Northumbria University: Challenge, Possibility and Potential in US and UK Politics: Voters of the Future

person holding a vote sign
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Unfolding Our Shared Future talk series: Northumbria University Public Lecture

Monday 21 November, 6.30pm – 8.00pm, Lecture Theatre 001, City Campus East

Special Guests:

  • Stephanie L. Young, Executive Director of ‘When We All Vote’ and Advisor to the Obama Administration
  • Richard Johnson, Senior Lecturer in US Politics and Policy, Queen Mary’s University, London

An abridged audio recording of the event available on:

Spotify: here

Amazon Music: here

Google Podcasts: here

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This event was reviewed Thomas Cryer of UCL’s Institute of the Americas. According to Thomas, ‘Voters of the Future’ offered a reassuring and measured reflection on recent events. An enticing introduction to this ambitious series, Northumbria University established an extraordinarily high benchmark for the seven events to come.’

In the aftermath of the US mid-term elections and amid unprecedented turbulence in British politics, this high-profile public event addresses issues of democracy, media, and accountability in contemporary US and UK politics and, crucially, considers the perils and prospects for voters in both countries for the rest of the 21st Century.

Compered by Northumbria University’s Professor in American Studies Brian Ward, and hosted by the University in collaboration with the US Embassy, the American Politics Group of the UK Political Studies Association, and the British Association for American Studies, the event features an informed, captivating, and thought-provoking blend of discussion and short presentations, including an historical guide to ‘Why Mid-Terms Matter’ by Northumbria’s Dr. Patrick Andelic (author of Donkey Work: Congressional Democrats in Conservative America, 1974-1994 and Midterms and Mandates: Electoral Reassessment of Presidents and Parties).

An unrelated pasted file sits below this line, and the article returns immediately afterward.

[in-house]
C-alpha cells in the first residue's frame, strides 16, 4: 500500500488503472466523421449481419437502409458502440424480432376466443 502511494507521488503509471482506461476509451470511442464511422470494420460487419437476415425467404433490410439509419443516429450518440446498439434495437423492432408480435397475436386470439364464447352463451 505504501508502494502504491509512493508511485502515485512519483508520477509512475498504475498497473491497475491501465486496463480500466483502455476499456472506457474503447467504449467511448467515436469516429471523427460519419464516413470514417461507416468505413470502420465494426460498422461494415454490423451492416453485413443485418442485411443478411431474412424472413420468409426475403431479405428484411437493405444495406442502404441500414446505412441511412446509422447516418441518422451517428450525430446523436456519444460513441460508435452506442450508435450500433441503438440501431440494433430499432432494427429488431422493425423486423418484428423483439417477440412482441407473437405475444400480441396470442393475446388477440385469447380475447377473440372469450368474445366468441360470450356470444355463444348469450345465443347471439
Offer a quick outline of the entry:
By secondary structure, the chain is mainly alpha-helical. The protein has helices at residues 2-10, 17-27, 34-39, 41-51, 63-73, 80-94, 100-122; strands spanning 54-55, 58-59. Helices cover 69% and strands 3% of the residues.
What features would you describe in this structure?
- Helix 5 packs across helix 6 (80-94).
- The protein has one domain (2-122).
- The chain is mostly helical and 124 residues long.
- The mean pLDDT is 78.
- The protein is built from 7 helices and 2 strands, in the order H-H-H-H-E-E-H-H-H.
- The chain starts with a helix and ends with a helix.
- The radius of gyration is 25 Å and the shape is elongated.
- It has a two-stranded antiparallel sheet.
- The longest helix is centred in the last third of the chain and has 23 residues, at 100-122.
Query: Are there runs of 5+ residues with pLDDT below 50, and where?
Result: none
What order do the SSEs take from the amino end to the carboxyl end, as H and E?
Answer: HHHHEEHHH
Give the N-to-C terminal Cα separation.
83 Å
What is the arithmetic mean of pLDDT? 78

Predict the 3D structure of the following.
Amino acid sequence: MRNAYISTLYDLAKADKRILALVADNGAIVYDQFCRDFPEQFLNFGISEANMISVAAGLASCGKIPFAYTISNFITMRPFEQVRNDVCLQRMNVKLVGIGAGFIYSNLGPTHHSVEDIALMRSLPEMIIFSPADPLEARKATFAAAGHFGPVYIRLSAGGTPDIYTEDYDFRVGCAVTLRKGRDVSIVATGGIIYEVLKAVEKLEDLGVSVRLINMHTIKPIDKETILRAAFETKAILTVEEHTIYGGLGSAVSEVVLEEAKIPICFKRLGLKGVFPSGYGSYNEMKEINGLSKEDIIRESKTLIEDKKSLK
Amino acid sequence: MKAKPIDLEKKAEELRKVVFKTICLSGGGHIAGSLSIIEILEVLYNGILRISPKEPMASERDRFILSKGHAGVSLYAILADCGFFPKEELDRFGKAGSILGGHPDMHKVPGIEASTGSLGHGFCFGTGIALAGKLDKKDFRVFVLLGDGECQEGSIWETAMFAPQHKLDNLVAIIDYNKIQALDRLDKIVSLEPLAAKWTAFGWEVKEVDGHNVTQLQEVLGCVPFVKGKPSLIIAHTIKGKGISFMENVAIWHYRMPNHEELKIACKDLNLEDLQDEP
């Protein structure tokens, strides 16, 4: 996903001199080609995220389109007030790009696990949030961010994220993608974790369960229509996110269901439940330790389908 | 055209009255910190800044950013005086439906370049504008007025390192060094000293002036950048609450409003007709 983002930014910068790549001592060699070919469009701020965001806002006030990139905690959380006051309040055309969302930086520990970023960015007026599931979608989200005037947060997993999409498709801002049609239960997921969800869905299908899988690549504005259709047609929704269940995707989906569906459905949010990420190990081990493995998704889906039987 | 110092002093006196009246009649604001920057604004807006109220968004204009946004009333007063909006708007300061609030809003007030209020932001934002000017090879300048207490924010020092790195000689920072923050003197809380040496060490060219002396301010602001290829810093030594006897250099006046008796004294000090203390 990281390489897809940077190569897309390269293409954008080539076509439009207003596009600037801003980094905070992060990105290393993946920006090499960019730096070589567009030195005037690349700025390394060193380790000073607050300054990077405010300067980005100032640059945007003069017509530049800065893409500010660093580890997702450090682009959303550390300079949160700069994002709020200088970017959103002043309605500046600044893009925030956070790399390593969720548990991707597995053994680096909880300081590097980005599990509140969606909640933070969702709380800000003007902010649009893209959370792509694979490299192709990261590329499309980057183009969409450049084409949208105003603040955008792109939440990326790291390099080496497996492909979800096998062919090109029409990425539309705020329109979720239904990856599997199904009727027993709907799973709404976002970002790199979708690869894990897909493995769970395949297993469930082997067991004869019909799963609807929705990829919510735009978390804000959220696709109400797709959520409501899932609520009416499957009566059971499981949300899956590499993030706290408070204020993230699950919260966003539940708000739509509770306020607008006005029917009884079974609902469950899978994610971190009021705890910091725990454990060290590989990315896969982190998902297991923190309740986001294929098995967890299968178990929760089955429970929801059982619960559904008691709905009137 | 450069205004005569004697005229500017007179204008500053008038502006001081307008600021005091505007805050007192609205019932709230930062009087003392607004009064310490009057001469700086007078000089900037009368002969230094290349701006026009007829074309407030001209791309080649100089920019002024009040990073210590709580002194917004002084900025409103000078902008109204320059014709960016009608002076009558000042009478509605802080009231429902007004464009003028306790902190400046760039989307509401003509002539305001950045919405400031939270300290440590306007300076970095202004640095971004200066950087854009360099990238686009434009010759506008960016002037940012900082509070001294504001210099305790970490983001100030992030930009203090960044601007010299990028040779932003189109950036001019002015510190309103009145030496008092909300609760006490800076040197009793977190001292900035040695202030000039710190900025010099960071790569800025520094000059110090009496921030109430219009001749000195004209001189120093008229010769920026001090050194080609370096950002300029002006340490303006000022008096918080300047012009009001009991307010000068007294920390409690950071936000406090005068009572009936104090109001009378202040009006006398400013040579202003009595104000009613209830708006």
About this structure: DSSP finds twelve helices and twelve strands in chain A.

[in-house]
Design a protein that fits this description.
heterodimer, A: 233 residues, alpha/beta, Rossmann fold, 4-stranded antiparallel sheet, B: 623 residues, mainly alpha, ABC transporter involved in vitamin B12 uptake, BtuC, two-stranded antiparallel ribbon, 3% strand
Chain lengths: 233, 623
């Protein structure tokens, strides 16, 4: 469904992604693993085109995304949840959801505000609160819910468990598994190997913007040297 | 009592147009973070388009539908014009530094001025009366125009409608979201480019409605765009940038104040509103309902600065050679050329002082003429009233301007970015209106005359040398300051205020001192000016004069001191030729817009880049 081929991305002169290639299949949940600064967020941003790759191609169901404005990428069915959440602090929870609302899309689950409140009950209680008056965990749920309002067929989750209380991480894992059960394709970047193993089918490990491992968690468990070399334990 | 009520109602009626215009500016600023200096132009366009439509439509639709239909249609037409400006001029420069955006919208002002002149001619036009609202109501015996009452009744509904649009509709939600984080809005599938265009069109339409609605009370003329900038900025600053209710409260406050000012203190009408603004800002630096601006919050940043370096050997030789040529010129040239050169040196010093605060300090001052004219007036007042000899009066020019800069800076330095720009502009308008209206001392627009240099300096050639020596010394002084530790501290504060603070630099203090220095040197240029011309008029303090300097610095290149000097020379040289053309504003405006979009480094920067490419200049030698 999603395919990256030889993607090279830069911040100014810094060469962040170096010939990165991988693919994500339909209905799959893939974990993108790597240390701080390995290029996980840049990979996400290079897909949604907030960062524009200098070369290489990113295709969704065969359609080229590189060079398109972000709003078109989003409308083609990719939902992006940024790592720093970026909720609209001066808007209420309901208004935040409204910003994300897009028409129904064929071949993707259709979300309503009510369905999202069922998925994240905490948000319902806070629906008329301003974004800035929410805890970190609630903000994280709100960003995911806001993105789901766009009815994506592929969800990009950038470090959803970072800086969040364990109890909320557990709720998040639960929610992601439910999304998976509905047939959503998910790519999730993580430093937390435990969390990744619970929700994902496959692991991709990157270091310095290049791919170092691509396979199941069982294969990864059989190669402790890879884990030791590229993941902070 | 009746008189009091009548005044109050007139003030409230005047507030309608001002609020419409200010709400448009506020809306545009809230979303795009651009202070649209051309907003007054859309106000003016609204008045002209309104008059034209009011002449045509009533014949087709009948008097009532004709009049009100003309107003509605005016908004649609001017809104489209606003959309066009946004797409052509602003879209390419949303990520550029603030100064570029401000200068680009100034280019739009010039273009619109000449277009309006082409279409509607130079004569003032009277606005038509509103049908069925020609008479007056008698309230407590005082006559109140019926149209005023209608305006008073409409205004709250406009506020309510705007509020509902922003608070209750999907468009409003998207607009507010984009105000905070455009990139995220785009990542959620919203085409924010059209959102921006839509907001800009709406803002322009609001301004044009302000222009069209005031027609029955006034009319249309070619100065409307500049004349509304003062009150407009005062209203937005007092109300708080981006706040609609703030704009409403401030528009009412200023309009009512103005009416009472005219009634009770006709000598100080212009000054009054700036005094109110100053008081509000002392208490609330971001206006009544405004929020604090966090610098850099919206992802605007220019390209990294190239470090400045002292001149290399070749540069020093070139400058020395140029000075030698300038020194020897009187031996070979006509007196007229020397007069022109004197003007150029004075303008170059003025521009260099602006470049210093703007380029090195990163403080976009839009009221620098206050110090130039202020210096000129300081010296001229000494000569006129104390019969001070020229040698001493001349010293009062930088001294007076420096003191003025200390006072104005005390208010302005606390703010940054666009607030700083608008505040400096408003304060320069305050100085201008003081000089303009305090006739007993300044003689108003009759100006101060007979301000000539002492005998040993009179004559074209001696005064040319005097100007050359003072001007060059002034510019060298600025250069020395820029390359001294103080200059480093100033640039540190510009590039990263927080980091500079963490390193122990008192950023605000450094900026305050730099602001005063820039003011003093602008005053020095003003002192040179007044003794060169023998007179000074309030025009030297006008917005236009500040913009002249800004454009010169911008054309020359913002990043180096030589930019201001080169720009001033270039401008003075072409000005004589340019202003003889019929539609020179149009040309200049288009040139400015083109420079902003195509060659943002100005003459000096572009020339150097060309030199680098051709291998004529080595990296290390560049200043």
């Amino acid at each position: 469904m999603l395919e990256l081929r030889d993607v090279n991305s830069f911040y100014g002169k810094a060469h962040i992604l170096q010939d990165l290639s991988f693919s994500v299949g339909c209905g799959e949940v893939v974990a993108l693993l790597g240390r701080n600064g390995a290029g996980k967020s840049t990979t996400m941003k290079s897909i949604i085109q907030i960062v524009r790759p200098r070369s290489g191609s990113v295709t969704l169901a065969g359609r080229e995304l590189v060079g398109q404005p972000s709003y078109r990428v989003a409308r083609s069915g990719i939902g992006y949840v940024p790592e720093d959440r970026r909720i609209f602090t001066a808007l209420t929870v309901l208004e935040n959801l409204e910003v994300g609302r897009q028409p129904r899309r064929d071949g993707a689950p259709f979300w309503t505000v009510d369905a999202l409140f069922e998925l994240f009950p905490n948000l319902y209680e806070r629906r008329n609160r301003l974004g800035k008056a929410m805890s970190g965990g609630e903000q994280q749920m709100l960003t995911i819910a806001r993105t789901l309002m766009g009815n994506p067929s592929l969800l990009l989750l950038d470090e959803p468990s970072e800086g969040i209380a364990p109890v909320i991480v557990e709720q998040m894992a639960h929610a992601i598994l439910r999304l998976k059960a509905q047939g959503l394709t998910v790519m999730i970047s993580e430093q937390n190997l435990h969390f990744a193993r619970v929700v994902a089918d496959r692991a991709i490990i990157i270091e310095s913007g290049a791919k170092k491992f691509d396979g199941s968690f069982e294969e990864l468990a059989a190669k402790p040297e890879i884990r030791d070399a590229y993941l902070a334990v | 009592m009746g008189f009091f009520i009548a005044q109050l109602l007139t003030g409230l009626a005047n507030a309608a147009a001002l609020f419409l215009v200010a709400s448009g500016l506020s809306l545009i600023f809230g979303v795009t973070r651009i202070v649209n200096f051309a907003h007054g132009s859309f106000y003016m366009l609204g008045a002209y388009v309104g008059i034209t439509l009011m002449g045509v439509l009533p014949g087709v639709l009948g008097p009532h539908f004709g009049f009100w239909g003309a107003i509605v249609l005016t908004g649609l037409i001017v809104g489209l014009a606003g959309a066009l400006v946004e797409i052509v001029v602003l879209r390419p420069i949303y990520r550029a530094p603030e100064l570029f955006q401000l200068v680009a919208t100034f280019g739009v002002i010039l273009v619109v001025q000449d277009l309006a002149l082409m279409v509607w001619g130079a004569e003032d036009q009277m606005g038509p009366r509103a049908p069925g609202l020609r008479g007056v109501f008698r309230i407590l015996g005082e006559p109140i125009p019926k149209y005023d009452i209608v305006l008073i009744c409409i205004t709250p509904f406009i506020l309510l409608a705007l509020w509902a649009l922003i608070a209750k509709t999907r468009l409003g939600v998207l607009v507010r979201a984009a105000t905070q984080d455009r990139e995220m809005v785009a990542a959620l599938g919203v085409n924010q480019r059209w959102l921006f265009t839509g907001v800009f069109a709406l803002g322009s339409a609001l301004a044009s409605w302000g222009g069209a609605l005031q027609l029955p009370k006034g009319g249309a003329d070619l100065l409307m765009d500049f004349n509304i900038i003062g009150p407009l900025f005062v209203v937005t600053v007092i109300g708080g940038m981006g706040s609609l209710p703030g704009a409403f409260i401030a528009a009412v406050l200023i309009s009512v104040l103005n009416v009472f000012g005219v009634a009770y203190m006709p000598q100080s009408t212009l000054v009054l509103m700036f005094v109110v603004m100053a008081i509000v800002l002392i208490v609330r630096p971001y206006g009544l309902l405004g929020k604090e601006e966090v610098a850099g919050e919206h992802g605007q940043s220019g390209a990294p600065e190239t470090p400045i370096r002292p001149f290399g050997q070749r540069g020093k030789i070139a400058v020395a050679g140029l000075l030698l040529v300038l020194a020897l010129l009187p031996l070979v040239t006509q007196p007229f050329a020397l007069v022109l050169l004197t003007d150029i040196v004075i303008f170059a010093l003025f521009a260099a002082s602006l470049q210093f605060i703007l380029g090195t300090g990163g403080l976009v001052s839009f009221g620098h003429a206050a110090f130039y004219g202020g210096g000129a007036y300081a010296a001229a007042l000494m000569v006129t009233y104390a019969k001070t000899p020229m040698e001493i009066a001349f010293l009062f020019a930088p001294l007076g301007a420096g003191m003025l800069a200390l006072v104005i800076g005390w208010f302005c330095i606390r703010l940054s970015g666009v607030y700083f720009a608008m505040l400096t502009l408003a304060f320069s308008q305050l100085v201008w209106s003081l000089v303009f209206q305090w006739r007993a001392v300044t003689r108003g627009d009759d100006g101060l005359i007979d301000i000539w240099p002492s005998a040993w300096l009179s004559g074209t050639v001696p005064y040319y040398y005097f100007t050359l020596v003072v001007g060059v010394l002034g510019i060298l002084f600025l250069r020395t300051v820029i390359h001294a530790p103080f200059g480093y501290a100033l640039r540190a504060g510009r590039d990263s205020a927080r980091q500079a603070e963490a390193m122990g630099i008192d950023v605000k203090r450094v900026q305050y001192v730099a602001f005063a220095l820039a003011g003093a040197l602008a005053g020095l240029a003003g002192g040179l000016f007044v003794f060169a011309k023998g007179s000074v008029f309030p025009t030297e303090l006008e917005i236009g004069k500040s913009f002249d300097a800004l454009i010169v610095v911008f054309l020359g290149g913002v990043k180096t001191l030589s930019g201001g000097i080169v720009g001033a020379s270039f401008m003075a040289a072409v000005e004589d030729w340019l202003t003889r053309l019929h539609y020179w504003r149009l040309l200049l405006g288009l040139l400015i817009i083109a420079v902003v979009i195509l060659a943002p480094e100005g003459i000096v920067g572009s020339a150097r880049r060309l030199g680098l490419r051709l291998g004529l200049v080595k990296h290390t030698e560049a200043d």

The centrepiece of the evening is a roundtable featuring special guests Stephanie L. Young and Richard Johnson, chaired by Professor Caron Gentry, Faculty Pro Vice-Chancellor for Arts, Design, and Social Sciences at Northumbria and an expert in international relations and politics.

About the Speakers

Stephanie L. Young is Executive Director of ‘When We All Vote’, a non-partisan voting initiative launched by Michelle Obama in 2018. During her time as Executive Director, Stephanie has worked in various communications roles ranging from TV newsrooms to non-profits, political campaigns and the highest offices in federal government, the United States Congress and the Obama White House. In 2020 as the Chief Officer for Communications and Culture, Stephanie led When We All Vote’s messaging and cultural strategy that helped register over 500,000 voters— the largest increase in voter participation in over 120 years. She helped recruit over 400 artists, athletes, and influencers to help the campaign reach over 220 million individuals on social media.

In the Obama Administration, Stephanie had the unique opportunity of serving in two critical roles as the Associate Communications Director and as the Senior Public Engagement Advisor in the Office of Public Engagement. In her role as Associate Communications Director Stephanie created and oversaw press strategy for White House initiatives and domestic policy announcements.

In the White House Office of Public Engagement she created opportunities for the President, First Lady, Senior Advisor to the President, Valerie Jarrett, and other Senior White House officials to engage directly with the African American community. Stephanie also led engagement strategy for the African American community on all Presidential priorities and helped to develop White House responses to social justice and civil rights issues. Stephanie is interested in exploring how politics, pop culture and the entertainment industry influence each other to create a more fair, progressive and just society through artistry, activism and storytelling.

Richard Johnson is Senior Lecturer at Queen Mary’s University, London and an expert on race and democracy in the US. This is the subject of his book The End of the Second Reconstruction, which uncovers the role of political violence, federalism, and the federal judiciary in sabotaging civil rights from the Civil War to the Trump presidency.  His many other publications also include a textbook, US Foreign Policy: Domestic Roots and International Impact, studies of Donald Trump’s use of Twitter, and of various aspects of modern British politics, including Theresa May’s record on LGBT issues and the Labour Party’s attitudes towards Europe and notions of ‘Englishness.’ 

This talk is part of a series, titled ‘Unfolding Our Shared Future’, which is delivered by the American Politics Group of the Political Studies Association and the host universities with the support of the British Association of American Studies and US Embassy in London.